Obama has retreated on Israel

(Note: Jennifer Rubin in the Washington Post has a completely different interpretation from what is offered here. She says Obama has “doubled down” on his Thursday speech and has yielded nothing. I think she’s missed the significance of Obama’s words quoted below.)

William Hague, foreign minister in the “Conservative” government of David Cameron, supports President Obama’s demand, made in his “Arab Spring” speech last Thursday, that Israel return to its pre-1967 borders:

“I have called for several months for the U.S. to make this their position,” Hague said, “so I’m very pleased that the president has done so.”

Poor fellow, he can be no longer pleased. The reason he can be no longer pleased is that Obama—having been lectured to before the eyes of the world on Friday by an actual adult, namely Prime Minister Netanyahu—has already backed away from his absurd position. In his speech to the American Israel Political Action Committee (AIPAC) this afternoon, Obama said:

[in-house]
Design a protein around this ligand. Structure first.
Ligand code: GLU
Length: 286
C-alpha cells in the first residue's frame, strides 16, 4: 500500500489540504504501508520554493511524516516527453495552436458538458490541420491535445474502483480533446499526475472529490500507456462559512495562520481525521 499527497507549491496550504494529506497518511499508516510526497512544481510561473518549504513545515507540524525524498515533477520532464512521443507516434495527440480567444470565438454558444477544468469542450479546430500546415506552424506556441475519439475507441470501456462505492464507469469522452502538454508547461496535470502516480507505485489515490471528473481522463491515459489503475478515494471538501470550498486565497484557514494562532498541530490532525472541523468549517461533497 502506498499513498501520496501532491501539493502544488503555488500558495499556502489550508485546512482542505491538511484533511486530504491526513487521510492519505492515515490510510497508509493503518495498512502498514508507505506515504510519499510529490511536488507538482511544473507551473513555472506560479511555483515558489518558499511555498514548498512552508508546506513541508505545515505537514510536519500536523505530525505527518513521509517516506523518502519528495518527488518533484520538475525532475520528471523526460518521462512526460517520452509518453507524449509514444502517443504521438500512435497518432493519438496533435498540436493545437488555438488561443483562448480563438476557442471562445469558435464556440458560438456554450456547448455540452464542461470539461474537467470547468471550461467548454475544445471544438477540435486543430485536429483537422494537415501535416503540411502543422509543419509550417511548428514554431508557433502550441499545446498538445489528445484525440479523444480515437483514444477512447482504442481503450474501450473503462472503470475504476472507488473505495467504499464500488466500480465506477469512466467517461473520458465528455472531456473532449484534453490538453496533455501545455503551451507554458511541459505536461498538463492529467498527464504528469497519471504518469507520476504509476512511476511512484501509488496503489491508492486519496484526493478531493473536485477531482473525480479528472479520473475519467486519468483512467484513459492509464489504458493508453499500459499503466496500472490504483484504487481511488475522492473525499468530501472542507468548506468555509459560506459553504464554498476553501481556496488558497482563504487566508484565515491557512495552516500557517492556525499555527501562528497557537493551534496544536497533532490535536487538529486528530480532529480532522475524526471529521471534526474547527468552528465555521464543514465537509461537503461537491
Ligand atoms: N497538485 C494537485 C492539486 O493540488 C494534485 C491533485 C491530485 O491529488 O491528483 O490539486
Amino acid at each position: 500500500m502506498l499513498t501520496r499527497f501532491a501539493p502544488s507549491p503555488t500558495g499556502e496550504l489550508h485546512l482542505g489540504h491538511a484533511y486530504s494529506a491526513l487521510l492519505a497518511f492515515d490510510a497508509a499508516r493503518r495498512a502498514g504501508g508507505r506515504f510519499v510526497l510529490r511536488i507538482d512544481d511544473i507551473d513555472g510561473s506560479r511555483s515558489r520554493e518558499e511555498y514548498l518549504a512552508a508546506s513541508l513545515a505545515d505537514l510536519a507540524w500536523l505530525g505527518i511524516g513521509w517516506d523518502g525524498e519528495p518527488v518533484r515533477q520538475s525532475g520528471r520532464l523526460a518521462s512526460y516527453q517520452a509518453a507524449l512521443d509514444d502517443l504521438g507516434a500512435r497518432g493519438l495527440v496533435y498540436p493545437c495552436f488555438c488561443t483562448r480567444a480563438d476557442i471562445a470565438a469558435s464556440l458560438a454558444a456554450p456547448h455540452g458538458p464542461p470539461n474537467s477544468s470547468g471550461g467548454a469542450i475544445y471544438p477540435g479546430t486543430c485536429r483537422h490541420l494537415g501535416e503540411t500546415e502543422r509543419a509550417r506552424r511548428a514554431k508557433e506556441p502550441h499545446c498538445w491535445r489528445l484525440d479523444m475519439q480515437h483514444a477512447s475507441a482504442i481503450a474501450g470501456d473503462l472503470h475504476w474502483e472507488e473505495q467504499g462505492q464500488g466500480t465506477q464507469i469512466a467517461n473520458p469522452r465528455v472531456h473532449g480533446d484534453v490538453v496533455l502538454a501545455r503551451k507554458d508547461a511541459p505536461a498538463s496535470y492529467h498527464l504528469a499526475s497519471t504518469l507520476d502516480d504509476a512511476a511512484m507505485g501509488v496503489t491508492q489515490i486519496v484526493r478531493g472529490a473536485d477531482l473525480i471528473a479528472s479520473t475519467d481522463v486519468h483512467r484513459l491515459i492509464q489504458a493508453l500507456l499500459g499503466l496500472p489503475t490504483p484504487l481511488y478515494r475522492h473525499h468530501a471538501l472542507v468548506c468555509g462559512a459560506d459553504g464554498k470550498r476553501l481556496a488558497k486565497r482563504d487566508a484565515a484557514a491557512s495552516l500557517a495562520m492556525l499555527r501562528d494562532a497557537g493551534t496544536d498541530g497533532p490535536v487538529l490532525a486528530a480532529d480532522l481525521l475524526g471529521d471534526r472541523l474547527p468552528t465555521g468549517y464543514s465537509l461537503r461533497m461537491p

It was my reference to the 1967 lines—with mutually agreed swaps—that received the lion’s share of the attention … and since my position has been misrepresented several times, let me reaffirm what “1967 lines with mutually agreed swaps” means. By definition, it means that the parties themselves—Israelis and Palestinians—will negotiate a border that is different than the one that existed on June 4, 1967 … It allows the parties themselves to account for the changes that have taken place over the last 44 years. It allows the parties themselves to take account of those changes, including the new demographic realities on the ground, and the needs of both sides. [Italics added.]

About which Rabbi Schmuley Boteach (unfortunately that appears to be his actual name) writes: “Prime Minister Netanyahu could not have expressed it better.”